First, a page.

Eating can be controlled or affected by a range of factors, such as appetite, the types and quantities of foods available, family, peer, and cultural practices or pressures, eating habits, and voluntary desires to control eating.
Eating Disorders are serious disturbances in eating behavior, such as extreme and unhealthy food intake reduction or severe overeating. In addition to the eating aspects, those who suffer from Eating Disorders in other ways. For example, they may also have feelings of distress, depression, or are extremely concerned about their body shape or weight.
In today’s society, current fashion trends, sales campaigns for special foods, and various activities and professions promote an often unrealistically lean body type, where body weight is leaner than that needed or recommended for health reasons.
These pressures can induce people to eat less than the recommended amounts, and lead to a range of eating disorders. Researchers continue to investigate the link between voluntary behaviors, such as eating smaller or larger amounts of food than normal, and the time when such activities move beyond the person’s control and develop into an Eating Disorder.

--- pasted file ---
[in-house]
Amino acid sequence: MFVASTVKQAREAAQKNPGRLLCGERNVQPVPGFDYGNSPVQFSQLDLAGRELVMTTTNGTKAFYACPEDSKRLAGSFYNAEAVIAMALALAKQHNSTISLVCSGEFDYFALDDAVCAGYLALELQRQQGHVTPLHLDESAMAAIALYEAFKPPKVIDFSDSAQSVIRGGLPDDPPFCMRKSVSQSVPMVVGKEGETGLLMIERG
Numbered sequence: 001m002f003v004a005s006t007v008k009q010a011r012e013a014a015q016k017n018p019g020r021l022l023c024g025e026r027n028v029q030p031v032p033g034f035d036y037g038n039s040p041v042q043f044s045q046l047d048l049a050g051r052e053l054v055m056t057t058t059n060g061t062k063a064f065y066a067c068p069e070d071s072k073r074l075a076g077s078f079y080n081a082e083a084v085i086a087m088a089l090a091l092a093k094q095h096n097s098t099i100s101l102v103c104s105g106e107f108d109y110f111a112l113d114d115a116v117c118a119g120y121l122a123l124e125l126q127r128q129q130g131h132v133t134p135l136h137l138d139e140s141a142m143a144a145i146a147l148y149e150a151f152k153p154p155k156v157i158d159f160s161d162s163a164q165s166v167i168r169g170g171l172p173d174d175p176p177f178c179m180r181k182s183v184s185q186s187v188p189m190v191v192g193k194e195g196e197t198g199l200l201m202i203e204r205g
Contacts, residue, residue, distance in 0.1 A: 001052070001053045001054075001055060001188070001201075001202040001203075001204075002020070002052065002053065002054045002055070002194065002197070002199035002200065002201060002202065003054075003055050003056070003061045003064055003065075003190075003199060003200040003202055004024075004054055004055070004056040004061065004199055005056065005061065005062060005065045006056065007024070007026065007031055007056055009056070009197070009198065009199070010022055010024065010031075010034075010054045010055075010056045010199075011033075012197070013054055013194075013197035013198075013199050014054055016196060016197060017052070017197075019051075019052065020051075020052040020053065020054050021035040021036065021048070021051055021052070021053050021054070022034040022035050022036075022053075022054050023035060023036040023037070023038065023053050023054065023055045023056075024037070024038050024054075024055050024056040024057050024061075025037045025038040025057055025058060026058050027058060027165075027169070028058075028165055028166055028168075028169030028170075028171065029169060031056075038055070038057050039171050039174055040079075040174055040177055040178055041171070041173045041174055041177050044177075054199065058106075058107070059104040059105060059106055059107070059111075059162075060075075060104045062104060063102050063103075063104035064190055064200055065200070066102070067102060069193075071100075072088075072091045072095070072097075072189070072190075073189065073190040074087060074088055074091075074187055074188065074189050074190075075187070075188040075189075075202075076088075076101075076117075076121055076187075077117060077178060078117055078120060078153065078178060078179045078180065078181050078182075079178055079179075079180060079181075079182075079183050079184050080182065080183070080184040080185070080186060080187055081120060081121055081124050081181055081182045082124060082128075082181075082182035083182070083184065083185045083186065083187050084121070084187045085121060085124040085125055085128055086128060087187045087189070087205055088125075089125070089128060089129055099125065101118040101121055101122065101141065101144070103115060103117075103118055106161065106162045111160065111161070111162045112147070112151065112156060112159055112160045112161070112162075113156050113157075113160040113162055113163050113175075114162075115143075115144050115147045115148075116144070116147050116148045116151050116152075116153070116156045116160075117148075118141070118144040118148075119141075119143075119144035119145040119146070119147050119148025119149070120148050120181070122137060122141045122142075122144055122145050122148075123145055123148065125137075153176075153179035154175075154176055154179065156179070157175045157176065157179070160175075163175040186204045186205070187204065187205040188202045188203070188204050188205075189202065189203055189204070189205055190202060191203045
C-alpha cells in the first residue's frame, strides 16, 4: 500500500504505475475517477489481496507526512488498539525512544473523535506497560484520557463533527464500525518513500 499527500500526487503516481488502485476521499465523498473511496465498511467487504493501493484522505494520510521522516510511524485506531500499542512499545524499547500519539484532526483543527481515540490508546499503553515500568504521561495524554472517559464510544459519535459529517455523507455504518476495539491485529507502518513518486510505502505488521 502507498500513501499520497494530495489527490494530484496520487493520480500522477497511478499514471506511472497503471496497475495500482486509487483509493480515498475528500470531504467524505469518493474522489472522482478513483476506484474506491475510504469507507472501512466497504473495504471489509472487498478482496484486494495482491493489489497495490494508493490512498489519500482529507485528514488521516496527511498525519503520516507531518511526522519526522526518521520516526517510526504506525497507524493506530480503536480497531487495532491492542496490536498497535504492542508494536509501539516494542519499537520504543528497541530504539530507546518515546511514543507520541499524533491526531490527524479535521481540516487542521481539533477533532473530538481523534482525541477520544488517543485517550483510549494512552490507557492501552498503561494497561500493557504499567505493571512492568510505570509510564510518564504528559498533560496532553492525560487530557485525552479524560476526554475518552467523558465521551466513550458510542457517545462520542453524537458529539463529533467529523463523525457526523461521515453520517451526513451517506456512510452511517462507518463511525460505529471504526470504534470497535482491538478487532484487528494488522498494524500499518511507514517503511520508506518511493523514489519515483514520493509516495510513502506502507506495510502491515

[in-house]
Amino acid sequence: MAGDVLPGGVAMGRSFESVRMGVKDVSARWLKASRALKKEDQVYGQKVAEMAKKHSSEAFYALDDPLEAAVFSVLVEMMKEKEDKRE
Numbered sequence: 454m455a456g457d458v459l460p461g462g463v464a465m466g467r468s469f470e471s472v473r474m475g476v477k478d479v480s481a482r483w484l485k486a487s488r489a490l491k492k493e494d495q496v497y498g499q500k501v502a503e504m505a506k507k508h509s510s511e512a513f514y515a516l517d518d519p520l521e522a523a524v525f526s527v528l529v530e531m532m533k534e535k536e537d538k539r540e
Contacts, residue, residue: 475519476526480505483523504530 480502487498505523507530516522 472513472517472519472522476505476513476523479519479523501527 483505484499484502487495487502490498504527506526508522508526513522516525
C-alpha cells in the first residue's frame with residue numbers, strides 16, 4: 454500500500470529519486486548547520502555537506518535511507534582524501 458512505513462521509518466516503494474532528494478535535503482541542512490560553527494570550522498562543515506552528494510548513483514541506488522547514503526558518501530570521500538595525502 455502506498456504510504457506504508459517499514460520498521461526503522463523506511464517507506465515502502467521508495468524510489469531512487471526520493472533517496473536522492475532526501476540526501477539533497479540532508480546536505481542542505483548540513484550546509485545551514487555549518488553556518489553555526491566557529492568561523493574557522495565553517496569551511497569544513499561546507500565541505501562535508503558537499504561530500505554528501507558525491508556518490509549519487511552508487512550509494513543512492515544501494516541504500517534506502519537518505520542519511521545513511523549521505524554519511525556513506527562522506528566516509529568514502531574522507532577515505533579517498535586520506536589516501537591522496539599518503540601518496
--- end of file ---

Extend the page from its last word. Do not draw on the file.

Eating Disorders frequently develop during adolescence or early adulthood. However, recent research suggests that their onset can also occur during childhood or later in adulthood.
Eating disorders frequently occur in conjunction with other psychiatric disorders, such as depression, substance abuse, and anxiety disorders. Females are much more likely than males to develop an eating disorder. For example, approximately one-sixth of people with Anorexia or Bulimia are male, and approximately one-third of people with Binge-Eating Disorder are male.
People with eating disorders may experience a range of serious physical health complications, including serious heart conditions and kidney failure which may lead to death.
It is important to note that Eating Disorders are not due to a failure of will or behavior. In fact, Eating Disorders are now known to be real, treatable medical illnesses in which certain harmful eating patterns become dominant. Recognition of eating disorders as real and treatable diseases is very important.
Appetite control and the affect of prolonged overeating or starvation is a highly complex area, and research is continuing in these areas. Eventually, such research may lead to new and improved treatments for eating disorders. Eating disorders are not new illnesses. They have been present in one form or another for centuries.